Structural Shifts in Credit Rating Standards



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    • Aysun Alp is at Sabanci School of Management, Sabanci University, Istanbul, Turkey. I am indebted to an anonymous referee, Cam Harvey (the Editor), and an Associate Editor for detailed comments that greatly improved the paper. I am also grateful to Nagpurnanand R. Prabhala, Haluk Unal, Albert S. “Pete” Kyle, Michael Faulkender, Gerard Hoberg, Mark Loewenstein, Dalida Kadyrzhanova, and the seminar participants at Maryland, Sabanci, Koc, and Rowan Universities for valuable comments and suggestions. All errors are my own.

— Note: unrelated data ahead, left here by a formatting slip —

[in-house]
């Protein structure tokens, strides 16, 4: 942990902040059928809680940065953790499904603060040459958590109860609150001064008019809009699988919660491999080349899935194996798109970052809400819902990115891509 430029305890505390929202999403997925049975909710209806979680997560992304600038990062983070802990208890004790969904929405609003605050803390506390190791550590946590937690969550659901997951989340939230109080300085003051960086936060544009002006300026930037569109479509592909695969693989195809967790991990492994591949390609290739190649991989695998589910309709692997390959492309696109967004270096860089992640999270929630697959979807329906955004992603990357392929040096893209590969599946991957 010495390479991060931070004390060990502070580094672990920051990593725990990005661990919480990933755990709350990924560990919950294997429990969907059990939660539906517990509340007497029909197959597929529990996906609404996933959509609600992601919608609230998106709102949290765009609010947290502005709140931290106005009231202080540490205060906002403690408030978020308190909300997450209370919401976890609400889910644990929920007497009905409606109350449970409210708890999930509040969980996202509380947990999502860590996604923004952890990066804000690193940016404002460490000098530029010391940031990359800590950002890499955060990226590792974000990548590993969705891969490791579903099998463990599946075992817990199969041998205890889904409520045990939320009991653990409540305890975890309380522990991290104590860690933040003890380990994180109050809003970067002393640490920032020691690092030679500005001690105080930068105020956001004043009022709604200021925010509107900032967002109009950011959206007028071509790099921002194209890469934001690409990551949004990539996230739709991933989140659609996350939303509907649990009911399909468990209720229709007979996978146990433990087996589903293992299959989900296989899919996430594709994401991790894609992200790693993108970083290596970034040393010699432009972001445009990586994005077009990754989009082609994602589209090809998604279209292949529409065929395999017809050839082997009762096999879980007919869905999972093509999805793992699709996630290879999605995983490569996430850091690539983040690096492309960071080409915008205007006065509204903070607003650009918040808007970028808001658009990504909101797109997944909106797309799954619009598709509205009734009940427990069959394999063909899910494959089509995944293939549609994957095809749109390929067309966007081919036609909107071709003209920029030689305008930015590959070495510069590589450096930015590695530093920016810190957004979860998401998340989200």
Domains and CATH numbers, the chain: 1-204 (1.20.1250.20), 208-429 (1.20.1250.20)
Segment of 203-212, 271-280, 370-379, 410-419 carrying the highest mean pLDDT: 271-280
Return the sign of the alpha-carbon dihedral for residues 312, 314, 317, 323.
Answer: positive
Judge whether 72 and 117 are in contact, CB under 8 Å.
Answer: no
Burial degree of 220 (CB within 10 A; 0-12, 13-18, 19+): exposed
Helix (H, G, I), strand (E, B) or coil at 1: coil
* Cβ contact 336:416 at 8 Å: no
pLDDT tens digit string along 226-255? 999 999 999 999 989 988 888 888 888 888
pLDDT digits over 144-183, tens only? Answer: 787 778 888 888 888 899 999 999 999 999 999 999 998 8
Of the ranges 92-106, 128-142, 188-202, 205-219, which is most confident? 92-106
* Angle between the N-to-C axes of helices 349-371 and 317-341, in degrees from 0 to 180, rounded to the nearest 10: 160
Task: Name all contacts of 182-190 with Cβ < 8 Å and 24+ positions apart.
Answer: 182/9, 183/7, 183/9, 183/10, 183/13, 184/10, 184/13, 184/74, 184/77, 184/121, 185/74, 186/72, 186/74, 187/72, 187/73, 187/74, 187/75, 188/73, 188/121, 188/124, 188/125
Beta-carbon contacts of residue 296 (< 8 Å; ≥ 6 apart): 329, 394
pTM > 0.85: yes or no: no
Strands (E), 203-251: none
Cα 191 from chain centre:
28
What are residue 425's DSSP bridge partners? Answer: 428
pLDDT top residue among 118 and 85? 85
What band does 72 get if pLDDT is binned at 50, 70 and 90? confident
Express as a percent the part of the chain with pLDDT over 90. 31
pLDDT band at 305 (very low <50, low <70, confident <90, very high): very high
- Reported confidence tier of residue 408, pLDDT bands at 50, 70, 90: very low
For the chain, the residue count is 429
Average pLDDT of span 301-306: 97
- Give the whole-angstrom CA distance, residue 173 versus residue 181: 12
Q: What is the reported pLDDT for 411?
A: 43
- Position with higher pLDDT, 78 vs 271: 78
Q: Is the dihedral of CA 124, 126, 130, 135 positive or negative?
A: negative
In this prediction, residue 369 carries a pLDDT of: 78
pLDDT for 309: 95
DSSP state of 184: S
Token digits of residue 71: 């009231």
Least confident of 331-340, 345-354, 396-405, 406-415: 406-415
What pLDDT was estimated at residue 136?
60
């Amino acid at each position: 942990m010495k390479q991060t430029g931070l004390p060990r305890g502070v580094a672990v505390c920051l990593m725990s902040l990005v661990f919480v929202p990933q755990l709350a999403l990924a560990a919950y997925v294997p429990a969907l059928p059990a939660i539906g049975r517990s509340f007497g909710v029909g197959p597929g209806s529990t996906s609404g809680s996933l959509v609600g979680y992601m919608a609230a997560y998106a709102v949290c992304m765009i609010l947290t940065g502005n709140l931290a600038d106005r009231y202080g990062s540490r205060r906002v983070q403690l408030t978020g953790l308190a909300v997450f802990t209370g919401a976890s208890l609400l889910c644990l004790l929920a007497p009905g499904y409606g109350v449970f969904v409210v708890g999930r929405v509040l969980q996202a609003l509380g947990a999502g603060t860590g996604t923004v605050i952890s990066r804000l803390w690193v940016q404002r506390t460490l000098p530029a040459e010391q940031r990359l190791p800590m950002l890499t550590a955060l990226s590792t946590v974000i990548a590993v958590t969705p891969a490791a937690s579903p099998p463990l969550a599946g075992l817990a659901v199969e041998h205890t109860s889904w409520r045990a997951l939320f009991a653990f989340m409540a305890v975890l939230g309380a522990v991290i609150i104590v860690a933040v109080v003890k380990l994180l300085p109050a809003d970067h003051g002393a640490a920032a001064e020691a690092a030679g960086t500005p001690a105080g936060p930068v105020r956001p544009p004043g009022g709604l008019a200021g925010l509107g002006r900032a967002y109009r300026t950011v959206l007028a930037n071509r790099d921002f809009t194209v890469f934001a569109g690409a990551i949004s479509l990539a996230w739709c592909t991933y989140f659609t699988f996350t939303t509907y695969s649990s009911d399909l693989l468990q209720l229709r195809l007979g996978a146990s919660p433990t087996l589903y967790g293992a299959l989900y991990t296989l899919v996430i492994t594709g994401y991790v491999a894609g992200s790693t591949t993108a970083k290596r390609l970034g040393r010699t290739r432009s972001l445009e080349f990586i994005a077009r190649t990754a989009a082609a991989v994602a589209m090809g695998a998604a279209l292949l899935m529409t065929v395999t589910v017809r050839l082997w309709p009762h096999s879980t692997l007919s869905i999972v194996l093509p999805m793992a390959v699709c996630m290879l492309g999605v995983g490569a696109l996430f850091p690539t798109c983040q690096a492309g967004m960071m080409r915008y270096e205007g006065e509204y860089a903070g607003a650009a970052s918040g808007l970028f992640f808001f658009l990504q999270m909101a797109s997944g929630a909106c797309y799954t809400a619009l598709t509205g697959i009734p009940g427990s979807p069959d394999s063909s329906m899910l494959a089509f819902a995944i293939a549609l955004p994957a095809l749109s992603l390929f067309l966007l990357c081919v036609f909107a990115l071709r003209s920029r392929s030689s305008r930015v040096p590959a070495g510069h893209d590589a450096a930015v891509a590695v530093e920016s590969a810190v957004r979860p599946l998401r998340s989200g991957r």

I examine the time-series variation in corporate credit rating standards from 1985 to 2007. A divergent pattern exists between investment-grade and speculative-grade rating standards from 1985 to 2002 as investment-grade standards tighten and speculative-grade loosen. In 2002, a structural shift occurs toward more stringent ratings. Holding characteristics constant, firms experience a drop of 1.5 notches in ratings due to tightened standards from 2002 to 2007. Credit spread tests suggest that the variation in standards is not completely due to changes in the economic climate. Rating standards affect credit spreads. Loose ratings are associated with higher default rates.